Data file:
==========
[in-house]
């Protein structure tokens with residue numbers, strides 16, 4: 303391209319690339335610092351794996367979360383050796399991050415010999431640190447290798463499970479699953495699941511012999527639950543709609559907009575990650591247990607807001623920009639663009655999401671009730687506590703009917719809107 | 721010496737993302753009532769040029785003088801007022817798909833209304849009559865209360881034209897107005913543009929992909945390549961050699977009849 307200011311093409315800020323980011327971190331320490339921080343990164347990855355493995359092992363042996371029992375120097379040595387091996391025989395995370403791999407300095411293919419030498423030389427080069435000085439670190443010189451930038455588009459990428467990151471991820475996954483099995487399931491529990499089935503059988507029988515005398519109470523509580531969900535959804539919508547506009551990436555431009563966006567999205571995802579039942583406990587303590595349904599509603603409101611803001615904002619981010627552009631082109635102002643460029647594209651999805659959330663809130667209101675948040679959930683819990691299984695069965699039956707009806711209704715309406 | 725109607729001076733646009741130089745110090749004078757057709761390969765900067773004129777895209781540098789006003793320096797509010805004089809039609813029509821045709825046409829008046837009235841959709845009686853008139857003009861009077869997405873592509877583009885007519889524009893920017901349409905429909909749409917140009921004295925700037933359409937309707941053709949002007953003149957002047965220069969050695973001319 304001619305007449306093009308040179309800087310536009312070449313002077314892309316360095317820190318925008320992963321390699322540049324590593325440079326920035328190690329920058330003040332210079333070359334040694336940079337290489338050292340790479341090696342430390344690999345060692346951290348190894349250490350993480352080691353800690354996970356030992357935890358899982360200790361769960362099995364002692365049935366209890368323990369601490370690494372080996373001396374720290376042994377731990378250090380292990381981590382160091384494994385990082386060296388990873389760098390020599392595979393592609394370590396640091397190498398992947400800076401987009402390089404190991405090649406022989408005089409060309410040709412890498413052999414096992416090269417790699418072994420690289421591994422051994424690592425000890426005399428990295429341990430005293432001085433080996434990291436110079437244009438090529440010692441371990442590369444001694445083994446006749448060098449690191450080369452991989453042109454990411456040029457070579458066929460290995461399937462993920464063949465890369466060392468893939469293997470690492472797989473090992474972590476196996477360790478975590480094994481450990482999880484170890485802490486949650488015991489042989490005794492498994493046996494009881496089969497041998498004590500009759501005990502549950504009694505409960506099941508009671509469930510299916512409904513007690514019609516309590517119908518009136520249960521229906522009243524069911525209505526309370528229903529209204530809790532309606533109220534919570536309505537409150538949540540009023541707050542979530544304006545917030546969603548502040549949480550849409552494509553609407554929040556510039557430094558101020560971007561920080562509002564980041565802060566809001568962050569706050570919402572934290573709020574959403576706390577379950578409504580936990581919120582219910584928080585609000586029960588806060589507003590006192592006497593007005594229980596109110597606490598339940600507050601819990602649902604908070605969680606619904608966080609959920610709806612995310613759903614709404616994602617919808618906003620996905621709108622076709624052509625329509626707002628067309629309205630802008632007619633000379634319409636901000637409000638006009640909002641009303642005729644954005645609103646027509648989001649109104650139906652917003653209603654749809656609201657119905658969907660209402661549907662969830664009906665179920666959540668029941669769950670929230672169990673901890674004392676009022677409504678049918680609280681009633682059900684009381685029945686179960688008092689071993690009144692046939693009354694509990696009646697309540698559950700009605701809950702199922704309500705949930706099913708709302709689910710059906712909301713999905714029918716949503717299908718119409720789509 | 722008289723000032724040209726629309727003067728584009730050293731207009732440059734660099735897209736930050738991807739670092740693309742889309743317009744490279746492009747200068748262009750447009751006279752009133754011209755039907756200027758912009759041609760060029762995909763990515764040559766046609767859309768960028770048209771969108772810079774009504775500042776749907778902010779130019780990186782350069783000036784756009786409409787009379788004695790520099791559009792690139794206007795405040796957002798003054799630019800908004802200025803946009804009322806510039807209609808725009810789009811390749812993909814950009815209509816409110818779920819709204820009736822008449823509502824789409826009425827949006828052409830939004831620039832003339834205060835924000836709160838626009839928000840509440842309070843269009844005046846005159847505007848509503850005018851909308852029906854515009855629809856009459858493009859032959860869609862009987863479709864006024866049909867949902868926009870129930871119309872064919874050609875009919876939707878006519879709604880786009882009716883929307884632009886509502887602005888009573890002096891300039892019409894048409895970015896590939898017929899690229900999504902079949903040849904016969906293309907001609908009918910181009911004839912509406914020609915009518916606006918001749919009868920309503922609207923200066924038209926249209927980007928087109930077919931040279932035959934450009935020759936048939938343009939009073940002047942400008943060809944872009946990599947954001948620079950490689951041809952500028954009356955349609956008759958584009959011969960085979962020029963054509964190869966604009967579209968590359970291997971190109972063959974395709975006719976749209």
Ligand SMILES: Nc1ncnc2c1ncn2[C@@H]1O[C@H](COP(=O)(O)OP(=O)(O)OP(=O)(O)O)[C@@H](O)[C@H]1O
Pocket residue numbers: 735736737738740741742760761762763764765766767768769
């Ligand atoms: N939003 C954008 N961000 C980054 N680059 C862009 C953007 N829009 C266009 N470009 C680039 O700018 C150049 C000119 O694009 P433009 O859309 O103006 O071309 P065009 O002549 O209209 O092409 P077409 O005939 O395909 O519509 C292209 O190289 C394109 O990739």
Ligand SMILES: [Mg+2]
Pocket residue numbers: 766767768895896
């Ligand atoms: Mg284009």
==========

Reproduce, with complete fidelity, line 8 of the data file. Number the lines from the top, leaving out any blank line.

């Ligand atoms: Mg284009």